Thursday, May 05, 2016

the writing life and ideas that bloom

Yesterday I met a good writer friend for coffee and then lunch so we could catch up on what we're both working on. We'd intended to maybe do a little writing work while we were there but of course the conversation and catching up expanded itself and we didn't get to the work part.

One of the most valuable things a writer can do with other trusted writer friends, especially those who know your work, is to bounce ideas off them and do a little talking about the projects in process. Some people say that talking too much about a writing project drains the needed energy one has to have to actually WRITE it, and to a point I agree with this, but there is absolutely a place for casting the seeds of ideas out and letting your writer friends help you water them to see what sprouts.

I'm editing one of the Claire novels right now, and am on the third full pass through it, looking at structural issues and trying to sort out the best way to lay out the book.

[ As is the way of the writing life on November Hill, as I was typing this post the thunderstorm I've been watching rolled in quite suddenly and I had to leap up, shove my feet into muck boots, and dash to the barn to let the herd in. There's nothing like a quick stall-by-stall muck, bringing a bale of hay into the feed room to feed from during the rainy day ahead, topping off water buckets, and listening to whinnies from the shelter as the equines wait to be let in! All while the winds whip up and the thunder cracks and you know the rain is going to fall very soon. ]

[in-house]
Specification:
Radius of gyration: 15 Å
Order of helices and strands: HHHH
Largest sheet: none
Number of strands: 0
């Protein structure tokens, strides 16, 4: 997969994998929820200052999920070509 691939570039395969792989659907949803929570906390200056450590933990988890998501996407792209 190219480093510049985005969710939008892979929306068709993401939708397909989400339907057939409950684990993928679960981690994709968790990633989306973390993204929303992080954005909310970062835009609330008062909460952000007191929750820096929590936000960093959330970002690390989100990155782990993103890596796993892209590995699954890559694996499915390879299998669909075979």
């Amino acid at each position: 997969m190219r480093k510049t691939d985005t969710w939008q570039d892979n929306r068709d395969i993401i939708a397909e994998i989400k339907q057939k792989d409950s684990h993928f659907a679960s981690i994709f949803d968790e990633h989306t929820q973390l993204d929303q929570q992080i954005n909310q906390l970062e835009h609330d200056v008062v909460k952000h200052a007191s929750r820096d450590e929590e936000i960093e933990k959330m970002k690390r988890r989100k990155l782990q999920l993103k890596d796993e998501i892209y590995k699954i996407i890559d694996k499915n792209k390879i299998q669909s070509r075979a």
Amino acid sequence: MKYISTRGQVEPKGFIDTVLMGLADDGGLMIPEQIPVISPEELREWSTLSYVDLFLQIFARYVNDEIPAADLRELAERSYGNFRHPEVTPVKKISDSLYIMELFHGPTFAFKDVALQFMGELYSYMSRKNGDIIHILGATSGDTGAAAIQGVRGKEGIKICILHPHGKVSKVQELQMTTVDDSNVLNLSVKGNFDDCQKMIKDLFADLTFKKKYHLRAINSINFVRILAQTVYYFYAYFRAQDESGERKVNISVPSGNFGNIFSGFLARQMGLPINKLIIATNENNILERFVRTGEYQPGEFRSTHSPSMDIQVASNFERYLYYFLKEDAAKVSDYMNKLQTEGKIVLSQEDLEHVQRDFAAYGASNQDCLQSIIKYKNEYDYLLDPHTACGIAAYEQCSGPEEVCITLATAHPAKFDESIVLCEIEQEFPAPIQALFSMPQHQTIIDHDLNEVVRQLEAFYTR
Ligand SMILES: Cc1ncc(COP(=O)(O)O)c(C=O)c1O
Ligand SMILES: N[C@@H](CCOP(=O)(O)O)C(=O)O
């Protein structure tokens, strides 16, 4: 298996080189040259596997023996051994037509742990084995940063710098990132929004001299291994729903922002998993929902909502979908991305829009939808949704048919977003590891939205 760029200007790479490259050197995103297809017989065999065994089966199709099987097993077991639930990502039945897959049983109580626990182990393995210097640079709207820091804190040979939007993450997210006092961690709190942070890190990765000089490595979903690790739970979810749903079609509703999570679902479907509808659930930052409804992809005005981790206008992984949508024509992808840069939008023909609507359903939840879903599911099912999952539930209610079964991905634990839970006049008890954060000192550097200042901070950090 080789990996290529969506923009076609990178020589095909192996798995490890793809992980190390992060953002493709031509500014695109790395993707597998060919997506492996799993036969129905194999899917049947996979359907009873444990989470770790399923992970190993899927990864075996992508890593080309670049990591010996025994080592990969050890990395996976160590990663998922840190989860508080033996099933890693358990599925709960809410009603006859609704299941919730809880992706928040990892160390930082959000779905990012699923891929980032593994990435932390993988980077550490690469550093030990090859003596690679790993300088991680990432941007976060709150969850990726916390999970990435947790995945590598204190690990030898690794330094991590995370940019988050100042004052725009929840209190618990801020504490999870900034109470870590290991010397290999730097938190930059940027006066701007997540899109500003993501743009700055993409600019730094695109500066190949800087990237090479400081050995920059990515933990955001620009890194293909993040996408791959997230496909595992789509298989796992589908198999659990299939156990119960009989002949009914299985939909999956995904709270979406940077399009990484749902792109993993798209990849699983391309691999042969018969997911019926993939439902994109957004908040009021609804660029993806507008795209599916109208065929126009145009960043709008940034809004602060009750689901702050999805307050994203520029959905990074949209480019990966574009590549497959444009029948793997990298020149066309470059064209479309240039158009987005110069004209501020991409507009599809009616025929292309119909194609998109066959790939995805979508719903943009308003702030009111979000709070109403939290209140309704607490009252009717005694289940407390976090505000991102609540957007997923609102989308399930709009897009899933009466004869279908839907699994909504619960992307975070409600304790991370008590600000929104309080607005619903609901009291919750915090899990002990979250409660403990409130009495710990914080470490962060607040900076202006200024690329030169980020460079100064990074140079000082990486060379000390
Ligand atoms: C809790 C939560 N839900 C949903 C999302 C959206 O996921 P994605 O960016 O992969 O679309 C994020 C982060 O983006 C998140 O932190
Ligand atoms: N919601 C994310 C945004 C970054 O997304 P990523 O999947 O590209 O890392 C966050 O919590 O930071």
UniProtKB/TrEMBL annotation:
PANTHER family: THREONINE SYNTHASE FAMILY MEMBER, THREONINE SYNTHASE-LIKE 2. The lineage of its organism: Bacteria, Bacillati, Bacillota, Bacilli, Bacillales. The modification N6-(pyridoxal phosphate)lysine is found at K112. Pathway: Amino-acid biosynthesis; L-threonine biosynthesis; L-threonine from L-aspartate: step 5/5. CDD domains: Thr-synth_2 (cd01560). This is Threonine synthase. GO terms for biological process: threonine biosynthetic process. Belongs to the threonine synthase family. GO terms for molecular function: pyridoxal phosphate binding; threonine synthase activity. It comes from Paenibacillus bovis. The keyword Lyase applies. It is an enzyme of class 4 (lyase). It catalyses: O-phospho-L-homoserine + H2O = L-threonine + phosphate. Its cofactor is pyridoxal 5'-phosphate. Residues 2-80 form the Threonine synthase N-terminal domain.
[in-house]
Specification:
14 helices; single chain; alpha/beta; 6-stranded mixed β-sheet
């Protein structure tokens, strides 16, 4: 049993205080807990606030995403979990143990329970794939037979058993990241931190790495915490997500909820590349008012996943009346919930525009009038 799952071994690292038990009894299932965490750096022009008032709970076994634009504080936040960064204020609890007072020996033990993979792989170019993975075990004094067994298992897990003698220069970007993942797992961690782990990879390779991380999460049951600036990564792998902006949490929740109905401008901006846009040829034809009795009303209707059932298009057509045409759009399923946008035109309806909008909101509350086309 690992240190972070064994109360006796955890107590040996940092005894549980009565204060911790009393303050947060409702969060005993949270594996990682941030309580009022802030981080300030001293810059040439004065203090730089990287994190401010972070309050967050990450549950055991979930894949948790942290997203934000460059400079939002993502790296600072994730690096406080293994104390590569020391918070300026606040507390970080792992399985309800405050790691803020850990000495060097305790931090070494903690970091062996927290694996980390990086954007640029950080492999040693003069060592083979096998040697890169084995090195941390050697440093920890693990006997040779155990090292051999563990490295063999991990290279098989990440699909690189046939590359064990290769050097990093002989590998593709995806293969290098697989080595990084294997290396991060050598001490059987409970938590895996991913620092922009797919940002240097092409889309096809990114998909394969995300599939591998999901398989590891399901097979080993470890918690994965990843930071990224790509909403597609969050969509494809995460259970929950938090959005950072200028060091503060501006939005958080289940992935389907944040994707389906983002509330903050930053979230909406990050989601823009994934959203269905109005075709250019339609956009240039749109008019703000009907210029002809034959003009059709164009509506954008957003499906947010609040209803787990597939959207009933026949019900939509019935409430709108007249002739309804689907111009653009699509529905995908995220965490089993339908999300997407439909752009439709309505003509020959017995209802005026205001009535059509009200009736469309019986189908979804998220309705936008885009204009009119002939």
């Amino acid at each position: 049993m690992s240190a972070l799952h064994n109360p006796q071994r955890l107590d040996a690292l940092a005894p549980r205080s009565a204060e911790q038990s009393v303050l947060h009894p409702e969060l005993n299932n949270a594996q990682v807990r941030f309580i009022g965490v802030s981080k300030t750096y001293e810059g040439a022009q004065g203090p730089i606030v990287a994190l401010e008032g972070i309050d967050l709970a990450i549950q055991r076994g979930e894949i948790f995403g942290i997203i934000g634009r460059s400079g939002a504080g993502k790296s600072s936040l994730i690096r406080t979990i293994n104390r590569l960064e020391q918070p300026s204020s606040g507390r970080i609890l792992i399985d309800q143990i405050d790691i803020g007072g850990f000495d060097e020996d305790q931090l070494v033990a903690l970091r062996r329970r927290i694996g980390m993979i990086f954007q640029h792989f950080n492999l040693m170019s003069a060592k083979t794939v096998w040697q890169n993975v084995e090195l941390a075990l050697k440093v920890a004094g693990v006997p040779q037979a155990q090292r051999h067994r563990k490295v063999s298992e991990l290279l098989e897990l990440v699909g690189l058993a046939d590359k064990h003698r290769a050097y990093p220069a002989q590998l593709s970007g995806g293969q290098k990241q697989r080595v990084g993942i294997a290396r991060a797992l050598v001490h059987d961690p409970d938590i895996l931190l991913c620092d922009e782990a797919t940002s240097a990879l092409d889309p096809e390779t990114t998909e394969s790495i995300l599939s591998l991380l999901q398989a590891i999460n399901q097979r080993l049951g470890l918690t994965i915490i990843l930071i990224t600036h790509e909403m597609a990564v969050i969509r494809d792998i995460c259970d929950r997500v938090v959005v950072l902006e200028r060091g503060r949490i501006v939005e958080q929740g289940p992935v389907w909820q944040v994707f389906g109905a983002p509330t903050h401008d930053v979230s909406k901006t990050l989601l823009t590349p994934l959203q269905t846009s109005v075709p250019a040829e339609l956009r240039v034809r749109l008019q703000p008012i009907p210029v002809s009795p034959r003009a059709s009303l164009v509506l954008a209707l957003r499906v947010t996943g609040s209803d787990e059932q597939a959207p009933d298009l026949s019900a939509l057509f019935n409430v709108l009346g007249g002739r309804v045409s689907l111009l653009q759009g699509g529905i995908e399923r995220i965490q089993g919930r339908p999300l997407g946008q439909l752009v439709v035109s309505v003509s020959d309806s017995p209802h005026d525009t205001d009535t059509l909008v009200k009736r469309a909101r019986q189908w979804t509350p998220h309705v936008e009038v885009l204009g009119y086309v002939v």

But now I'm safe in the house again and back to thinking about writing and writer friends and ideas.

I'm also working on a special project for the Magical Pony School books. 

And I'm keeping my hand in with short pieces of fiction and nonfiction these days. As I was describing the piece I'm working on in an effort to entice a certain literary journal, my friend said something about that being the prelude to a novel. She said the words, I stopped and thought about them, and that little seed she cast out on the table between us got watered as we talked it over. By the time I left I had written it down, expanded on it, and did the same again when I got home. It definitely sprouted. 

The discourse, the banter, is what led to that sprouting. I highly recommend it. Whether you're a writer or a fine artist or a photographer or a horsewoman needing inspiration, make a lunch date with a like-minded friend and see what happens!

Wednesday, May 04, 2016

November Hill farm journal, 4

Nature must never be anything else than an alliance.
-Henry Beston, Northern Farm

Rain. We've had multiple days of it, interspersed with high winds, hail, flashes of blue in the night sky, thunder both cracking and rolling.

November Hill is of course situated upon a hill. Wisely the barn is on the top spot and then the house is next, and while huge amounts of rainfall in a short time can create a wash of water into the barn shelter and a temporary pool in our driveway, for the most part the rain drains away quickly and we have come to love the seasonal stream that runs through the front field.